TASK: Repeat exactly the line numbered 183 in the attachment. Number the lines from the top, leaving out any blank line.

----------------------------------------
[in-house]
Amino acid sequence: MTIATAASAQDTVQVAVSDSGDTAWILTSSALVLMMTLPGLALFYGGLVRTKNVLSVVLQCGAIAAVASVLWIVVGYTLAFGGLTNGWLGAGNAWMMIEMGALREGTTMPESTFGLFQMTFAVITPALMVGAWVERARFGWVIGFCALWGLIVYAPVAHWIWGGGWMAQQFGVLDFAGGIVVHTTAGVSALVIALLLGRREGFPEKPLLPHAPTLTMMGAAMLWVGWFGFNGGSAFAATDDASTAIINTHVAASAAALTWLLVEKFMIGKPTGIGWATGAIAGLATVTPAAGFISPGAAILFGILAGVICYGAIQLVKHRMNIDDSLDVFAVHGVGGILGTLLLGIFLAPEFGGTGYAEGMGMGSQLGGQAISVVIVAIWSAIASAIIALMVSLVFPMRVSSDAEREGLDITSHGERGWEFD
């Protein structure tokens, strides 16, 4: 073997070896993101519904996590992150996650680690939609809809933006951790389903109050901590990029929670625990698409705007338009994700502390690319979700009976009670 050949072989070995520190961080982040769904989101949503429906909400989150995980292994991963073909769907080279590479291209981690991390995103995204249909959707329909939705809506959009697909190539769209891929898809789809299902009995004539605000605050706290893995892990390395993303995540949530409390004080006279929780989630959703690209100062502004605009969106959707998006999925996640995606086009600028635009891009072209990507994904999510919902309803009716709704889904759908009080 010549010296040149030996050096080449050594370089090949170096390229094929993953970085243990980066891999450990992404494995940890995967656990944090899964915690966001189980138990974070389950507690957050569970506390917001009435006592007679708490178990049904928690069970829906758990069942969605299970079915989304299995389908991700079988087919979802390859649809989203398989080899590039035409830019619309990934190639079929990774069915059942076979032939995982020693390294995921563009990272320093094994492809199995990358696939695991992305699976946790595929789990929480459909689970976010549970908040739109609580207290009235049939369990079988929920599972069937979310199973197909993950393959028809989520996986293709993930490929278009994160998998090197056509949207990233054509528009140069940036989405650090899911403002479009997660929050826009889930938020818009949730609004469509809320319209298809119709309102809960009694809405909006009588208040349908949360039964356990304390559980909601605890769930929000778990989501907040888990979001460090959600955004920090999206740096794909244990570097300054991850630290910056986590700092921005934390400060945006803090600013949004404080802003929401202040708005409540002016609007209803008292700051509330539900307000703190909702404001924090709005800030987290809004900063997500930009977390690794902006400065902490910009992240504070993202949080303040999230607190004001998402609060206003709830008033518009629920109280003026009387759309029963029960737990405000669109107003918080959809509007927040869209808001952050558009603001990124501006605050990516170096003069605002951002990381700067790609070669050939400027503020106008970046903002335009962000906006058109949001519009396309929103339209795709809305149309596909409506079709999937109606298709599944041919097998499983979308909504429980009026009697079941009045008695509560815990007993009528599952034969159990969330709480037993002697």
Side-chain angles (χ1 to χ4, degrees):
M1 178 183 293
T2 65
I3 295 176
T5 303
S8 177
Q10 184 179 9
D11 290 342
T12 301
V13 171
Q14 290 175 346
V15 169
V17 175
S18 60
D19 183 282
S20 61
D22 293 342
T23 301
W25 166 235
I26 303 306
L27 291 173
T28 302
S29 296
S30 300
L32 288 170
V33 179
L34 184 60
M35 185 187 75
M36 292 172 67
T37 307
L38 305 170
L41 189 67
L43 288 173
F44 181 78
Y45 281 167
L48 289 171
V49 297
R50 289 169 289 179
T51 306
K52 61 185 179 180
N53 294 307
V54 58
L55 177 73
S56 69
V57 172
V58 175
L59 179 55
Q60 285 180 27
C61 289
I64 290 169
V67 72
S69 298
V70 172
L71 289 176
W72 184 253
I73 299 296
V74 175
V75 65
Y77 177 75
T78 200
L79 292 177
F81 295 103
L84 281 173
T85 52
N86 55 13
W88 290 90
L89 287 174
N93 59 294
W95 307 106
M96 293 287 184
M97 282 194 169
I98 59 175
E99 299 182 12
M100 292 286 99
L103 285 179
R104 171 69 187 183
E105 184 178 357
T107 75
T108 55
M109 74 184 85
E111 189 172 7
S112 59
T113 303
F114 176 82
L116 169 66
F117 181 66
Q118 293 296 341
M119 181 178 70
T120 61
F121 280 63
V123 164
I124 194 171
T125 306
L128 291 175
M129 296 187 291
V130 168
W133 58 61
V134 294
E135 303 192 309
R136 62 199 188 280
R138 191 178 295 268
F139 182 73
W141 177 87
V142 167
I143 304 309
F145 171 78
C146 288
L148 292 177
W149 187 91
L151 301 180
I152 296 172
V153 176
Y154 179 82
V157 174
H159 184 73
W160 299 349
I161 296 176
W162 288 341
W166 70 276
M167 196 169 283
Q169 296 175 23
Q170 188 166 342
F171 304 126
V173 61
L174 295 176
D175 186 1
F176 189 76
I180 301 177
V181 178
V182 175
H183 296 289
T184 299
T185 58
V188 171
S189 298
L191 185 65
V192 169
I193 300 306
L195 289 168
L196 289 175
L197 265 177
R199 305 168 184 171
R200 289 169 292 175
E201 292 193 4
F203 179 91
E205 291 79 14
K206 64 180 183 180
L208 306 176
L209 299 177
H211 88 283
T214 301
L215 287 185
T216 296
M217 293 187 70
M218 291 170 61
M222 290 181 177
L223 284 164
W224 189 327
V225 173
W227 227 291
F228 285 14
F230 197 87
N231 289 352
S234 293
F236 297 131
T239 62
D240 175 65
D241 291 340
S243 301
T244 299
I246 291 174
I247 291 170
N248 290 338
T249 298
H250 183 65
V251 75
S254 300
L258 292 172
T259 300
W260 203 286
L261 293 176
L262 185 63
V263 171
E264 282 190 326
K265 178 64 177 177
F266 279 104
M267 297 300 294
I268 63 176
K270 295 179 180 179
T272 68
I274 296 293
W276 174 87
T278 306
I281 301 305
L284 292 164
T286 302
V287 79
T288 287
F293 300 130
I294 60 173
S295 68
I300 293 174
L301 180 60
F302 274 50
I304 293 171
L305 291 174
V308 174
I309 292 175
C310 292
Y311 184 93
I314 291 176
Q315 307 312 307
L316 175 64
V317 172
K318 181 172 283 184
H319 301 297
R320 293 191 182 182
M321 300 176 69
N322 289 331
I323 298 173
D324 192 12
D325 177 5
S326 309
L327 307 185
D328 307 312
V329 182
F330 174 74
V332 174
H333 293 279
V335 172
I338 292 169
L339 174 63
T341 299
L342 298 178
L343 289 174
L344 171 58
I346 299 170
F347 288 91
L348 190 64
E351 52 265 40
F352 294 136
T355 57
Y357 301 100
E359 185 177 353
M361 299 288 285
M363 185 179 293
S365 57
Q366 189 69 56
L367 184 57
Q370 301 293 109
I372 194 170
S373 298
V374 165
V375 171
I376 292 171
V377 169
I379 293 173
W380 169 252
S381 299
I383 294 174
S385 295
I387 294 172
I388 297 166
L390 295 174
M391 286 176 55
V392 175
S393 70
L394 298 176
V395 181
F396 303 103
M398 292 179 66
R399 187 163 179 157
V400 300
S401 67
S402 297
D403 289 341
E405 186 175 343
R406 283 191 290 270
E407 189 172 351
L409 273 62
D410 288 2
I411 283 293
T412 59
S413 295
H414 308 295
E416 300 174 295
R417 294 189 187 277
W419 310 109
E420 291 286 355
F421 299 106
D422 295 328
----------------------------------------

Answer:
W260 203 286